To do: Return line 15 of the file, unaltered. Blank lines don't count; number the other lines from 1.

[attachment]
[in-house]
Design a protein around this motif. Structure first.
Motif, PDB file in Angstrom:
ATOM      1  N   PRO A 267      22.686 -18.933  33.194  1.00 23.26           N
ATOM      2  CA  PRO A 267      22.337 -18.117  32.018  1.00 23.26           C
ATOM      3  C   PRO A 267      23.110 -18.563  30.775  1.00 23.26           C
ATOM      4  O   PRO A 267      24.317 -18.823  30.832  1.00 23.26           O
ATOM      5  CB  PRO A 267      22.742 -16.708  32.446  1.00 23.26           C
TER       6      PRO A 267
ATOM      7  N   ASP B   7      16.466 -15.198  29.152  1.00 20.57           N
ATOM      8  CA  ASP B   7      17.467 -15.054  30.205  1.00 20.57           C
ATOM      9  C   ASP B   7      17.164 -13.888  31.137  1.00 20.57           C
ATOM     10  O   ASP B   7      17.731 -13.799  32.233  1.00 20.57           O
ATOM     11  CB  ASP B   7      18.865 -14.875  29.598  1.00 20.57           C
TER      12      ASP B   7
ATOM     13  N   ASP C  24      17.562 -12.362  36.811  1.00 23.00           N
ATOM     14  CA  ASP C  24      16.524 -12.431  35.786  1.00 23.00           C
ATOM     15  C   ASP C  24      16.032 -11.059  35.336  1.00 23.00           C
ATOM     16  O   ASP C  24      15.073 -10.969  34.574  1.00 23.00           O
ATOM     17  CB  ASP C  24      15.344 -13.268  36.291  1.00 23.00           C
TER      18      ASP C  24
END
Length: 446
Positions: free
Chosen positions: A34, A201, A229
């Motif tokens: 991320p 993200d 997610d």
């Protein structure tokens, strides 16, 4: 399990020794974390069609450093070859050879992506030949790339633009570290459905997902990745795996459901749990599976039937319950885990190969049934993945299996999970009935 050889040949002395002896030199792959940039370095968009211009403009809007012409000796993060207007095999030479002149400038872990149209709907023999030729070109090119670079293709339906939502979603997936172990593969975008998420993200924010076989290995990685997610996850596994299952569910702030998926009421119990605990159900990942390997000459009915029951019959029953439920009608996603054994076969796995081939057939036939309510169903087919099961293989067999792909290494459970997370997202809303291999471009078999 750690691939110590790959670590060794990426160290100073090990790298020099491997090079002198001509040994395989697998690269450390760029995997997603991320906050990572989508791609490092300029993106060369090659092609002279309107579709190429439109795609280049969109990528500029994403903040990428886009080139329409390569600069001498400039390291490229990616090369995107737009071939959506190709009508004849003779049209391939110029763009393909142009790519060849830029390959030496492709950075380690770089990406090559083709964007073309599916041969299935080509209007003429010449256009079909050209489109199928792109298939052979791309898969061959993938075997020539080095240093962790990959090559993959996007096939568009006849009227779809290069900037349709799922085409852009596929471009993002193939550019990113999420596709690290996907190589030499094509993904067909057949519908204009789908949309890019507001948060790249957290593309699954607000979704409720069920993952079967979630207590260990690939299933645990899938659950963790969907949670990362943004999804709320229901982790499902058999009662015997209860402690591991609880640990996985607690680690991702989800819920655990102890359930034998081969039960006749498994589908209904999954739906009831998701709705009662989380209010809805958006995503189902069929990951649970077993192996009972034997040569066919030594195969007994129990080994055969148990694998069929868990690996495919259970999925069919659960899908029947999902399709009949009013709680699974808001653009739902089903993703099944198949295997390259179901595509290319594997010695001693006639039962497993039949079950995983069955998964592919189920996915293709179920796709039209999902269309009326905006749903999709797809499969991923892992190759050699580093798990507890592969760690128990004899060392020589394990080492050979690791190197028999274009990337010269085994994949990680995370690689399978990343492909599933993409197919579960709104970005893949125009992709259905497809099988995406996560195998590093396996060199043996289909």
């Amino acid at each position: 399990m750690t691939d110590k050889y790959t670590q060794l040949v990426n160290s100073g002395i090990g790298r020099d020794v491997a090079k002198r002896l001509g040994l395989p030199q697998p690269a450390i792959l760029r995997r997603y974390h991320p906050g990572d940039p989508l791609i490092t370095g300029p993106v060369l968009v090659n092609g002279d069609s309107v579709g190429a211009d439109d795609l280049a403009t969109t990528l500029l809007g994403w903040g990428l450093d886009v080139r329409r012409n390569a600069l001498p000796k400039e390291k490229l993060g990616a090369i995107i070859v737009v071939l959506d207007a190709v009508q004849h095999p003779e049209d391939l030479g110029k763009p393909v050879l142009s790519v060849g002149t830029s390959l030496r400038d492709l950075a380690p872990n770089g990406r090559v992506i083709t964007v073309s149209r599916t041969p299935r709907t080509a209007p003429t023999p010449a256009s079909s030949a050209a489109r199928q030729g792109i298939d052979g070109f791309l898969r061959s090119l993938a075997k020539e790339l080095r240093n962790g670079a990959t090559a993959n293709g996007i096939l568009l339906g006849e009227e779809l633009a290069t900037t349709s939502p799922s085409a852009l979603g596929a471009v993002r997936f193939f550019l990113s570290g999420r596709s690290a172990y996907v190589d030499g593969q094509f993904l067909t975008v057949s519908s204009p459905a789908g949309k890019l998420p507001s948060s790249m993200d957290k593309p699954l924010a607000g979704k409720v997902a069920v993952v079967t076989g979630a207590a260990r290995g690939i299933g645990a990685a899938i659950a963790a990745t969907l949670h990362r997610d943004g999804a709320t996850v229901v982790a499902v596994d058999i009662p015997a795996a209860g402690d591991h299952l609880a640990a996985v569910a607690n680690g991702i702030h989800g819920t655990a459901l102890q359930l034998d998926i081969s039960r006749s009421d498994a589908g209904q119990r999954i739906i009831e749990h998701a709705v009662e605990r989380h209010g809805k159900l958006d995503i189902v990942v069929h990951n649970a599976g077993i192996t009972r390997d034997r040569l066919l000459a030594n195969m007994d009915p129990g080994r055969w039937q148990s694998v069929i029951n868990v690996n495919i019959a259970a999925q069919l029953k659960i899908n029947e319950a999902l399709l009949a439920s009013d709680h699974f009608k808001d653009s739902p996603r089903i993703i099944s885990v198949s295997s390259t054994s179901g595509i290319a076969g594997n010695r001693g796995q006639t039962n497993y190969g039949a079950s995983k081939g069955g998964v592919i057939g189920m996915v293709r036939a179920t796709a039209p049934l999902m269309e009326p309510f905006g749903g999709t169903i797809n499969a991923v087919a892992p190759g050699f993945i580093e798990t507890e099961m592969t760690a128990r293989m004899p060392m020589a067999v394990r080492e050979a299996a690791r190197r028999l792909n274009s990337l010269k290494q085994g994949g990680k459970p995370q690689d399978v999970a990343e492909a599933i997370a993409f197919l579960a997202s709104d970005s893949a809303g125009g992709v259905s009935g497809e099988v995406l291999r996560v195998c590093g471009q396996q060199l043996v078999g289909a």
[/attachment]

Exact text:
TER      12      ASP B   7